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News, notes and reader questions about the San Francisco 49ers

June 8, 2011
The skinny on the 49ers offensive line

One of the issues raised by the lockout has been the conditioning of players who, in a normal offseason, would be three months into a team-run strength and conditioning program. That is, without team supervision, would players balloon during the offseason and fall out of shape?


Judging from the group of 49ers who have been practicing at San Jose State this week, the answer is an emphatic no. Each of the four veteran offensive linemen in attendance this week actually has lost weight during the offseason. That's including Adam Snyder, who was listed at 325 pounds in last year's media guide but who says he's about 298 pounds today.

When's the last time he was sub-300 pounds? His sophomore - possibly his freshman - year of college. Snyder said the only thing he's doing differently this year is monitoring his diet more effectively. "Just portion control," he said. "Big guys usually eat until they're full. I guess I just stopped doing that - protein shakes, that kind of stuff."

Snyder has company. Joe Staley (listed at 315 pounds) said that when he entered the league in 2007, his goal was to pack on as much weight as possible. Now he's back to weighing a little more than 300 pounds, which he says allows him to maintain his quickness. He says he's stronger than he's ever been.

Anthony Davis (listed at 323), meanwhile, struggled to keep up with his cohorts at this time last year. That's not a problem this year. He said he hired a personal strength coach this offseason and has been packing on muscle while dropping weight. Snyder said that Mike Iupati (listed at 331) also has lost weight this offseason.

One possible explanation, Snyder said, is the company they keep. In a normal offseason, the offensive linemen would work out amongst themselves. This year, they're mixing with players at different positions.

"It's more of a competition," he said. "We're working out with guys like Justin (Smith) and d-line guys. And I see them work hard, so that makes me work hard. Patrick Willis was out here for a couple of weeks. Watching those guys work out, it pushes you a little harder. That might be part of it."

Odds & Ends

• Snyder said he's been the de facto center all offseason and has spent a lot of time snapping the ball to Alex Smith. The 49ers, of course, are light on centers at the moment. 2011 starter Davis Baas and Tony Wragge are unrestricted free agents. Eric Heitmann is rehabilitating a neck injury at Stanford, his alma mater. Two other possibilities, Daniel Kilgore and Mike Person, are rookies who didn't play the position in college.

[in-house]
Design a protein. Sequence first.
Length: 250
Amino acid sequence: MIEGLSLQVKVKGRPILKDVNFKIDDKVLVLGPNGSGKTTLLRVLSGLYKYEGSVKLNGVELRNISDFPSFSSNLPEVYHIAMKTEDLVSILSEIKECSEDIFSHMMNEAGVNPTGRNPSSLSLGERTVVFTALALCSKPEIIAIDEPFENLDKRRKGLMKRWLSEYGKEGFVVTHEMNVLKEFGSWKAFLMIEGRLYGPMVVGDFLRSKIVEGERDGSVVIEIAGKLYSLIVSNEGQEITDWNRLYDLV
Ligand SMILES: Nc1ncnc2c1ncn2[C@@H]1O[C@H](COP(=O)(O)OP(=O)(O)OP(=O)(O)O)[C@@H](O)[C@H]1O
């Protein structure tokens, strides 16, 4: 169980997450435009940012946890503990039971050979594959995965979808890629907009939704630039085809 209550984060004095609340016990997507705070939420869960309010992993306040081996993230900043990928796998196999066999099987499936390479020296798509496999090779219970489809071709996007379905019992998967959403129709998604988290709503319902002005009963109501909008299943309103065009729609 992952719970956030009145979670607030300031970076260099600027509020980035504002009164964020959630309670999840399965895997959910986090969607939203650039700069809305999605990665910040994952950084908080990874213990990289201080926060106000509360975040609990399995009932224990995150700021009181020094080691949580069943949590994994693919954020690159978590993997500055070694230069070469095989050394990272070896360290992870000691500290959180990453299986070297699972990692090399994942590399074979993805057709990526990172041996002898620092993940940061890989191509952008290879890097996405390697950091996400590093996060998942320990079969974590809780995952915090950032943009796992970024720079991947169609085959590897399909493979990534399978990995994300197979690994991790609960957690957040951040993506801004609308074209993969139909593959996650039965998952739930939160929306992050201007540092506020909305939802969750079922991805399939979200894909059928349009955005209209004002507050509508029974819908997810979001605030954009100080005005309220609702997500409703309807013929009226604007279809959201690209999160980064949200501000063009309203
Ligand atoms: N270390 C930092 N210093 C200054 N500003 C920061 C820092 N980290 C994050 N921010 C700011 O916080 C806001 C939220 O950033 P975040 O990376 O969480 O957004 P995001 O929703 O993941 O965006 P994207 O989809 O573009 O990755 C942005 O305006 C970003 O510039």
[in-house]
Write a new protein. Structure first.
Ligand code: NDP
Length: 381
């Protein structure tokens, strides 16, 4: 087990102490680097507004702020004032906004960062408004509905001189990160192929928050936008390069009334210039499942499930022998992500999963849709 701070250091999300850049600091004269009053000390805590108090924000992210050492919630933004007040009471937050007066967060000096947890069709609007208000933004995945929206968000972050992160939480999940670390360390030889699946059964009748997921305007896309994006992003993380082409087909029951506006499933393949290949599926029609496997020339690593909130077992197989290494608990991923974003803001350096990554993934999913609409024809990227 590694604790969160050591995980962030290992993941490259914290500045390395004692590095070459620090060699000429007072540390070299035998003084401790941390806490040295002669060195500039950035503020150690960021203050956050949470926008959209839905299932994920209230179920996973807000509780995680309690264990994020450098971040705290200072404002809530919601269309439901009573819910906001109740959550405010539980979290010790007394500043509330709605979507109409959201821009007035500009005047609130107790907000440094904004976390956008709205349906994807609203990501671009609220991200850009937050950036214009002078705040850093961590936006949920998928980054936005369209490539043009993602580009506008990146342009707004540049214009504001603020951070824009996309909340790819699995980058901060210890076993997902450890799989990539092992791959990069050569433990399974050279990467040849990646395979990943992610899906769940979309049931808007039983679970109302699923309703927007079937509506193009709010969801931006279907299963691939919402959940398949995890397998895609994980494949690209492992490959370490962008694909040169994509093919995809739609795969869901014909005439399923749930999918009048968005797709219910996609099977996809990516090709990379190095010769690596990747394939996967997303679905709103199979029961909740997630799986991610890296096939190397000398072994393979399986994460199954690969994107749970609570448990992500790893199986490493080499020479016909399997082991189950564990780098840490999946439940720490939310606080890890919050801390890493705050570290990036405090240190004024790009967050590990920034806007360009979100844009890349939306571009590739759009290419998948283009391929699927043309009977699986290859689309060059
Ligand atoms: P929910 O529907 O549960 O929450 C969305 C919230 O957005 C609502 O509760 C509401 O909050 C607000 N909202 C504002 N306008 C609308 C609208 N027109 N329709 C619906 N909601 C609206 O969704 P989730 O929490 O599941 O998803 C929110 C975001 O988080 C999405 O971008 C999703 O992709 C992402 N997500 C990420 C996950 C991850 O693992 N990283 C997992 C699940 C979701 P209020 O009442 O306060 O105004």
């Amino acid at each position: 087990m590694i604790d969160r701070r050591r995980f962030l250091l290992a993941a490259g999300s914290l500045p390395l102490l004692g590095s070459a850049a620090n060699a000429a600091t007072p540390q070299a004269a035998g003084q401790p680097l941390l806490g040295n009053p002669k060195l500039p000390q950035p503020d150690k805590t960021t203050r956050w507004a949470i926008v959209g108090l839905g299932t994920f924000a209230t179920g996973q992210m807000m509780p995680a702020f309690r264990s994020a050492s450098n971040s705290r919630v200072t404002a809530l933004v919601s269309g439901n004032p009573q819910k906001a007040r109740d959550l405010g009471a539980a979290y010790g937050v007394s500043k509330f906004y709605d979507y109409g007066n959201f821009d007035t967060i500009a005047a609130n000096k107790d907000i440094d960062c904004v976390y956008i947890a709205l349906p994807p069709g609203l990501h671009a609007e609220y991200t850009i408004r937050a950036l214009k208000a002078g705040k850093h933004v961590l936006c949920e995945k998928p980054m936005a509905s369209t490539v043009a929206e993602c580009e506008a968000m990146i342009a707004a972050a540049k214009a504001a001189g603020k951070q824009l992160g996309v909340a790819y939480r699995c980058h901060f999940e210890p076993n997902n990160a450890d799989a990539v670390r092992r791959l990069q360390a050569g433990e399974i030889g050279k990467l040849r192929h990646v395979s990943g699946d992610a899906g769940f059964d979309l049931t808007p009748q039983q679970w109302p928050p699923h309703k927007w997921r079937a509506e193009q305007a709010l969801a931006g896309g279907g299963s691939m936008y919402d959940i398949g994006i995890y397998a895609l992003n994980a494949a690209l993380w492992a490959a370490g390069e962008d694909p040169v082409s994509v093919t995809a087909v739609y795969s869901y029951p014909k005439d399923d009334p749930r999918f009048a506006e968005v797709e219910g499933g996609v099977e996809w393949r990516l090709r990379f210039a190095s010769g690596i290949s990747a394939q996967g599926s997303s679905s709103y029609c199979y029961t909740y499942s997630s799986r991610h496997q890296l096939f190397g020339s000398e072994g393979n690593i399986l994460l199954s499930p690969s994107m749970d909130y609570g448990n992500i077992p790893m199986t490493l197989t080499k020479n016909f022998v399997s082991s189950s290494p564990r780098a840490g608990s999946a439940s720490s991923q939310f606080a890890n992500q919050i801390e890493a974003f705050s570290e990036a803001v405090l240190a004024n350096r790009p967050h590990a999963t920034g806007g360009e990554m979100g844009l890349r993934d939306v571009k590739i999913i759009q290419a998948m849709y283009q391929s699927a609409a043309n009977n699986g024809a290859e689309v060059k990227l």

Said Snyder: "That's something that I'm doing as a precaution for not having a center on the team. I mean, I've been snapping with Alex all offseason. Just because of the uncertainty of all the other guys, I'd like to have that in my back pocket if I can do it. I mean, I've worked all the other (offensive line) positions. I might as well work at it in the time that we have now when we're not really doing anything."

• Day 3 of "Crabtree Watch" was like Day 2. The receiver arrived for the hour-long classroom session but did not stay for the practice. Fellow receiver Josh Morgan said Tuesday that Crabtree's feet were sore after wearing new cleats on Monday. Tight end Delanie Walker also did not take part in Wednesday's session.

• With Frank Gore (hip) absent, second-year player Anthony Dixon is the veteran at tailback in the ongoing practices. (Rookie Kendall Hunter is the only other RB on hand). Dixon said the running backs' duties have mostly involved pass catching and pass protection so far in the sessions and that Alex Smith has been his de facto coach. Dixon said he planned to join the offensive line for some run-specific assignments tomorrow.

• Said Dixon when asked about Crabtree: "Michael Crabtree? I know some things about Crabtree. We don't hang out a lot. But as far as working, Crabtree has amazing talent, man. He runs some of the prettiest routes I've ever seen -- so fluid with it, in and out of his breaks. I think he has big-time potential. I don't have anything but good things to say about Crabtree. I don't really know him that good, but I see him work and I admire his work. I'm a fan of his work."

-- Matt Barrows


Matt was born in Blacksburg, Va., and attended the University of Virginia. He graduated in 1995, went to Northwestern for a journalism degree a year later, and got his first job at a South Carolina daily in 1997. He joined The Bee as a Metro reporter in 1999 and started covering the 49ers in 2003. His favorite player of all time is Darrell Green.


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